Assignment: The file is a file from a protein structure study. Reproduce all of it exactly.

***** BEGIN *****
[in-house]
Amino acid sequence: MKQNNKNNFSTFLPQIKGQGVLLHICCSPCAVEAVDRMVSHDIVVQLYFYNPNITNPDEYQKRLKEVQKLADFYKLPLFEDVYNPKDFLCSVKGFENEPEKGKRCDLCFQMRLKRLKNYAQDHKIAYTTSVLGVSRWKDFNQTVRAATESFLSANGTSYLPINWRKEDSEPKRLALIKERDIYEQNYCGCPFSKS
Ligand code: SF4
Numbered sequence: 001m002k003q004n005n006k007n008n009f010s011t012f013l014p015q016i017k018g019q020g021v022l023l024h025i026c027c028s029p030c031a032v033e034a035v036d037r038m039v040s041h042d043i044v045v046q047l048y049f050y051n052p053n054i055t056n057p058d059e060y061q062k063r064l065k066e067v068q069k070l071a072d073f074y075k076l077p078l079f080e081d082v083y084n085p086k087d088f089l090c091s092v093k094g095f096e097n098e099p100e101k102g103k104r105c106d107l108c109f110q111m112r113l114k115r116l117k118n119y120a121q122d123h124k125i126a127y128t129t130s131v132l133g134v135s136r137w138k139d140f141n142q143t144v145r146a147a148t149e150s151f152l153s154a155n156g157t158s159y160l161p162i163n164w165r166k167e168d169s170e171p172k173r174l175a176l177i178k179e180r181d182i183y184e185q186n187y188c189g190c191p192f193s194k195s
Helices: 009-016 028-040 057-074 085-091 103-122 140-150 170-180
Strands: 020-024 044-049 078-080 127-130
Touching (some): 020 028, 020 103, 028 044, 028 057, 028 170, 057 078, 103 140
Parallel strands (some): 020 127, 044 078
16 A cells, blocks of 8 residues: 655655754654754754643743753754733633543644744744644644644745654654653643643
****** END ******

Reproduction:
[in-house]
Amino acid sequence: MKQNNKNNFSTFLPQIKGQGVLLHICCSPCAVEAVDRMVSHDIVVQLYFYNPNITNPDEYQKRLKEVQKLADFYKLPLFEDVYNPKDFLCSVKGFENEPEKGKRCDLCFQMRLKRLKNYAQDHKIAYTTSVLGVSRWKDFNQTVRAATESFLSANGTSYLPINWRKEDSEPKRLALIKERDIYEQNYCGCPFSKS
Ligand code: SF4
Numbered sequence: 001m002k003q004n005n006k007n008n009f010s011t012f013l014p015q016i017k018g019q020g021v022l023l024h025i026c027c028s029p030c031a032v033e034a035v036d037r038m039v040s041h042d043i044v045v046q047l048y049f050y051n052p053n054i055t056n057p058d059e060y061q062k063r064l065k066e067v068q069k070l071a072d073f074y075k076l077p078l079f080e081d082v083y084n085p086k087d088f089l090c091s092v093k094g095f096e097n098e099p100e101k102g103k104r105c106d107l108c109f110q111m112r113l114k115r116l117k118n119y120a121q122d123h124k125i126a127y128t129t130s131v132l133g134v135s136r137w138k139d140f141n142q143t144v145r146a147a148t149e150s151f152l153s154a155n156g157t158s159y160l161p162i163n164w165r166k167e168d169s170e171p172k173r174l175a176l177i178k179e180r181d182i183y184e185q186n187y188c189g190c191p192f193s194k195s
Helices: 009-016 028-040 057-074 085-091 103-122 140-150 170-180
Strands: 020-024 044-049 078-080 127-130
Touching (some): 020 028, 020 103, 028 044, 028 057, 028 170, 057 078, 103 140
Parallel strands (some): 020 127, 044 078
16 A cells, blocks of 8 residues: 655655754654754754643743753754733633543644744744644644644745654654653643643